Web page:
5. Fabrizio Bartoletti, Methodus in dyspnoeam … [Procedure for asthma … ], (Bologna ("Bononia"), (Italy): Nicolò Tebaldini for the heirs of Evangelista Dozza, 1633), p. 400. From page 400: "Manna seri hæc. Destilla leni balnei calore serum lactis, donec in fundo vasis butyracea fœx subsideat, cui hærebit salina quædam substantia subalbida. Hanc curiose segrega, est enim sal seri essentiale; seu nitrum, cujus causa nitrosum dicitut serum, huicque tota abstergedi vis inest. Solve in aqua propria, & coagula. Opus repete, donec seri cremorem habeas sapore omnino mannam referentem." (This is the manna of whey. [Note: "Manna" was the dried, sweet sap of the tree Fraxinus ornus.] Gently distill whey via a heat bath until the buttery scum settles to the bottom of the vessel, to which substance some whitish salt [i.e., precipitate] attaches. This curious [substance once] separated, is truly the essential salt of whey; or, on account of which nitre, is called "nitre of whey", and all [life] force is in this that will be expelled. [Note: "Nitre" was an alchemical concept. It was the power of life, which gave life to otherwise inanimate matter. See the philosophy of Sendivogius.] Dissolve it in [its] own water and coagulate. Repeat the operation until you have cream of whey, recalling, by [its] taste, only manna.)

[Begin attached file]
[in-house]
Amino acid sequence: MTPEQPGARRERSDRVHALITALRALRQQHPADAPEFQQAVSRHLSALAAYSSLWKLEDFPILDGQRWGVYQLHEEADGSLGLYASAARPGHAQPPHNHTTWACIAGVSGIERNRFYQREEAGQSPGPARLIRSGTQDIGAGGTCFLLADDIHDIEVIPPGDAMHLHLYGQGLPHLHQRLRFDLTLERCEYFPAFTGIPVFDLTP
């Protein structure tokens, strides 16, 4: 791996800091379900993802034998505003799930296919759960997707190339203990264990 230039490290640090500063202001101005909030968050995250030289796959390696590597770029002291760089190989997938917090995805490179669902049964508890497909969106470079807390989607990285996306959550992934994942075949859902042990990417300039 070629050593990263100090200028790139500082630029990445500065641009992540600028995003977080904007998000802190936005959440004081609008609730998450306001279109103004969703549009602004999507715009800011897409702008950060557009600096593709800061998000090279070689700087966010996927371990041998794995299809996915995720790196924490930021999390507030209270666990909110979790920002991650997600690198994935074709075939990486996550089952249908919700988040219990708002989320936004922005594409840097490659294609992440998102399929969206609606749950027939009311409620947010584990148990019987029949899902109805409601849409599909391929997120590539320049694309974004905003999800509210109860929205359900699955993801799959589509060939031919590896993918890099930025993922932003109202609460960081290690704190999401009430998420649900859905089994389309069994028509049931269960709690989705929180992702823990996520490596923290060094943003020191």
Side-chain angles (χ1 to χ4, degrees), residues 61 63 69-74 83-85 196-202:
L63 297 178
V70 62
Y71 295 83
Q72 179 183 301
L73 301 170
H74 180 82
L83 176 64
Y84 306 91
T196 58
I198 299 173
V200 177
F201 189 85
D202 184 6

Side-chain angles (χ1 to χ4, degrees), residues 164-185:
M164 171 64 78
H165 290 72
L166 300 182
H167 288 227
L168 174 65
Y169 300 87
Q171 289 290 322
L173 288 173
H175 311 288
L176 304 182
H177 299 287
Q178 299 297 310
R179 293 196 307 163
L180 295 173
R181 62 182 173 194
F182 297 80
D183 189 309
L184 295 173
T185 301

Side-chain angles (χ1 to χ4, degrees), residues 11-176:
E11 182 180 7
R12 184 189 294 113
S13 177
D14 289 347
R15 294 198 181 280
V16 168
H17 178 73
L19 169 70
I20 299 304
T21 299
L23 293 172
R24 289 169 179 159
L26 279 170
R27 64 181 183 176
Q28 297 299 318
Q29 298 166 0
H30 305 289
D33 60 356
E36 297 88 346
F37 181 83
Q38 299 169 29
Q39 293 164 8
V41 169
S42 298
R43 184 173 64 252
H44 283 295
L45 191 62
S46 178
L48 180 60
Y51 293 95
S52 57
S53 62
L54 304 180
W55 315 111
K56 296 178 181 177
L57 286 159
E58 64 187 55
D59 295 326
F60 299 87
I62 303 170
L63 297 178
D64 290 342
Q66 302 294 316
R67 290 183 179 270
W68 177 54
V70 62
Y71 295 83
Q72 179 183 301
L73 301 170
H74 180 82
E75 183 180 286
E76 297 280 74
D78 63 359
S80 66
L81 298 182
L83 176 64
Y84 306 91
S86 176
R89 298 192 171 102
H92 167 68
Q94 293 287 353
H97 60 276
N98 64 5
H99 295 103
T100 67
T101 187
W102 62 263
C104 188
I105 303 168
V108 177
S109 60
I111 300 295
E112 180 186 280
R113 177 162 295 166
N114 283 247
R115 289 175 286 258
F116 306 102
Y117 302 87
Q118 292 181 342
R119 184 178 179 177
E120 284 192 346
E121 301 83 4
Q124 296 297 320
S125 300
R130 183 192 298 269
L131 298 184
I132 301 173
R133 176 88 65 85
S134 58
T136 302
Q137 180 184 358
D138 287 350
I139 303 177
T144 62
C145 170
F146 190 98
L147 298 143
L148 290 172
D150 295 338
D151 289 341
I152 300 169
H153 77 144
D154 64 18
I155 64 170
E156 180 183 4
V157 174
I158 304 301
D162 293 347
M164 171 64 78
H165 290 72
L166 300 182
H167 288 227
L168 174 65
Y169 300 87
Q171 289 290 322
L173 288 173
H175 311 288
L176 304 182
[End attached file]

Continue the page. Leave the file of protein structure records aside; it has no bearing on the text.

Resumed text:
In 1688, the German physician Michael Ettmüller (1644–1683) reprinted Bartoletti's preparation. See: Ettmüller, Michael, Opera Omnia … (Frankfurt am Main ("Francofurtum ad Moenum"), [Germany]: Johann David Zunner, 1688), book 2, page 163. From page 163: "Undd Bertholetus praeparat ex sero lactis remedium, quod vocat mannam S. [alchemical symbol for salt, salem] seri lactis vid. in Encyclopaed. p. 400. Praeparatio est haec: … " (Whence Bartoletti prepared a medicine from milk whey, which he called manna or salt of milk whey, see in [his] Encyclopedia [note: this is a mistake; the preparation appeared in Bartoletti's Methodus in dyspnoeam … ], p. 400. This is the preparation: … )